Daylight 14th May 2022.
Chris Walker introduced a picture by Sieger Köder called The Washing of Feet.
You are encouraged to look at it (we did NOT use the liturgy also on that page).
The picture is online Maundy-Thursday-I-Liturgy-to-use-at-home.pdf (bbc-churches.org.uk)
Two questions: “1. What thoughts occur to you as you look at the picture?”
Maybe write down some ideas and observations that occur to you.
Next question: “ 2. Where do you identify yourself in the picture?”
Below are some things that occurred to us.
What had we noticed? (in no order at all):
- the face of Jesus reflected in the water looks sad – why? Impending death?
- the face would not be visible in the reflection unless it radiated its own light.
- there is broken bread and wine on the table – the last supper and our communion.
- Jesus’s hands and feet are somehow highlighted – a prelude to the nails on the cross?
- the water in the bowl in somewhat luminescent.
- the colour of royalty is in the carpet.
- the stool is half on and half off the carpet – the disciple is in the process of becoming Christ-like.
cf 1 Peter 2:9-10: “….you are a royal priesthood….”
- There is tension in the disciple (presume Peter) who is both pushing Jesus away with one hand and embracing him with the other.
- There is tenderness on the disciple’s face, and his head is resting lovingly on Jesus’s back.
And where did we identify ourselves? All different!
- At the doorway looking in.
- Next in line to have our feet washed.
- The ‘Martha’ reaction – what can I do for you all?
- With Peter, in tension: both embarrassed at the kingly servant kneeling in front of us, dirty feet, inner thoughts exposed and all, but yet feeling so loved in the process that we are irresistibly drawn in.
The discussion process was very helpful.
We then noted that there were some friends who had become house bound, who might yet like to take what part they can. Maybe a hybrid meeting with zoom as well (though as yet there is no internet in the church) or – as witness this document – a resumé, to be sent out.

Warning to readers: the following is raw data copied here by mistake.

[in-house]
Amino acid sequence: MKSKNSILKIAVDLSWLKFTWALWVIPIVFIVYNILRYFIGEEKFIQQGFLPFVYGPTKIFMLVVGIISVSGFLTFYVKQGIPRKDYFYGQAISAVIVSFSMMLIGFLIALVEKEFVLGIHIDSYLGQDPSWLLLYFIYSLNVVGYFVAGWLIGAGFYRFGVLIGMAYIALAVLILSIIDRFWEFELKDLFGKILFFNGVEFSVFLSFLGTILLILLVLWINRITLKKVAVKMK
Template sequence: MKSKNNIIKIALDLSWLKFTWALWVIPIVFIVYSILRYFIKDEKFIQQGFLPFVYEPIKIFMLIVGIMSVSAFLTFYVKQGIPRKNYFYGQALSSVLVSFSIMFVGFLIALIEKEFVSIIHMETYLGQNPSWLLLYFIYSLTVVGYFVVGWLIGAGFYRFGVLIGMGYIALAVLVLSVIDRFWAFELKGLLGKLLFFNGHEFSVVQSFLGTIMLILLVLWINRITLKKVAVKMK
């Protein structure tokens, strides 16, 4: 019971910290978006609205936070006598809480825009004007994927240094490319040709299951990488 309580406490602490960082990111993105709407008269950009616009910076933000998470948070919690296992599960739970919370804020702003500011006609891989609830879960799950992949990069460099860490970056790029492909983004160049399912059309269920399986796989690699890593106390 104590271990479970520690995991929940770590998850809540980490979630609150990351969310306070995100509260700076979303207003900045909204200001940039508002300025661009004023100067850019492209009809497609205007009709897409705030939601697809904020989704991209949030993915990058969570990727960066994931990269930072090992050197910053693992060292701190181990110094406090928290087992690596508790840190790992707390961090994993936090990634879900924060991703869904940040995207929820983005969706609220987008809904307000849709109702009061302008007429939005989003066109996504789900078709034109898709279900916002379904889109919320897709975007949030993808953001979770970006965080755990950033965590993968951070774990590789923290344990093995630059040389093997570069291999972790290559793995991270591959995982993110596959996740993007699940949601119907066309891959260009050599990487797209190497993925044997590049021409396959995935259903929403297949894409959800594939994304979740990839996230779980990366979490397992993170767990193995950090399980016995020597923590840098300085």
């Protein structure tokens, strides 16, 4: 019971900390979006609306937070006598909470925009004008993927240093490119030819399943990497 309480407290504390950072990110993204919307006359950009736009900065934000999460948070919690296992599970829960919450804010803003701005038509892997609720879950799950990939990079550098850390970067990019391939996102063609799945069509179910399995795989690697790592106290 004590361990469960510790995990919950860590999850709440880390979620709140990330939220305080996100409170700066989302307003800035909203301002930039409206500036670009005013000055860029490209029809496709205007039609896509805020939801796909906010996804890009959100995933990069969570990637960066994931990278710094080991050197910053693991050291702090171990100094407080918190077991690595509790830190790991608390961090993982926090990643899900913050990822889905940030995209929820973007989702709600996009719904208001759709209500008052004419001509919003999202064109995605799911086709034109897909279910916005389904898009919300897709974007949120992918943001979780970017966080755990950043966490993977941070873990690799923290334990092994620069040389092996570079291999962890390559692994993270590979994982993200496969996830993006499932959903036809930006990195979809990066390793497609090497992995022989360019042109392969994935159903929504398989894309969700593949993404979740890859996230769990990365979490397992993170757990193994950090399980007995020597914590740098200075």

How can we best play our part in the communion of believers?
Key feature – please pray. Prayer underpins all the work of the church (people).
Let us not be hesitant in bringing prayer requests forward.
- For ourselves: our spiritual journey, our understanding of our faith, for indwelling of the Holy Spirit. Thanking God that, baggage and all, his love has enabled our salvation and we can give the baggage to him.
- For others: absent or infirm friends, our clergy, our communities.
- New development: please pray for guidance as we seek to understand more fully the wider Ministry to the Town. Pray that this will be God-led.
It is a phrase used by the Archdeacon both to St Chad’s PCC (last September) and to the Abbey’s PCC (last week) and he sees it as instrumental in the way forward for both churches, each one in an interregnum. But it would be sensible also embrace other Shrewsbury churches: the mission is too big for any one church to do it all, and in any case there is quite a lot going on in other churches already. There is a meeting proposed on June 15 to explore this further using the Sunrise (breakfasts) as a vehicle to invite an ecumenical representation – details to follow. Noted that Lichfield diocese splits mission into four categories: pastoral, evangelistic, social and ecumenical.
- Please also pray for peace, for safety, and that the name of Jesus may be apparent in all that is done.
We closed with prayers which reflected that.
Next meeting: Saturday June 11th.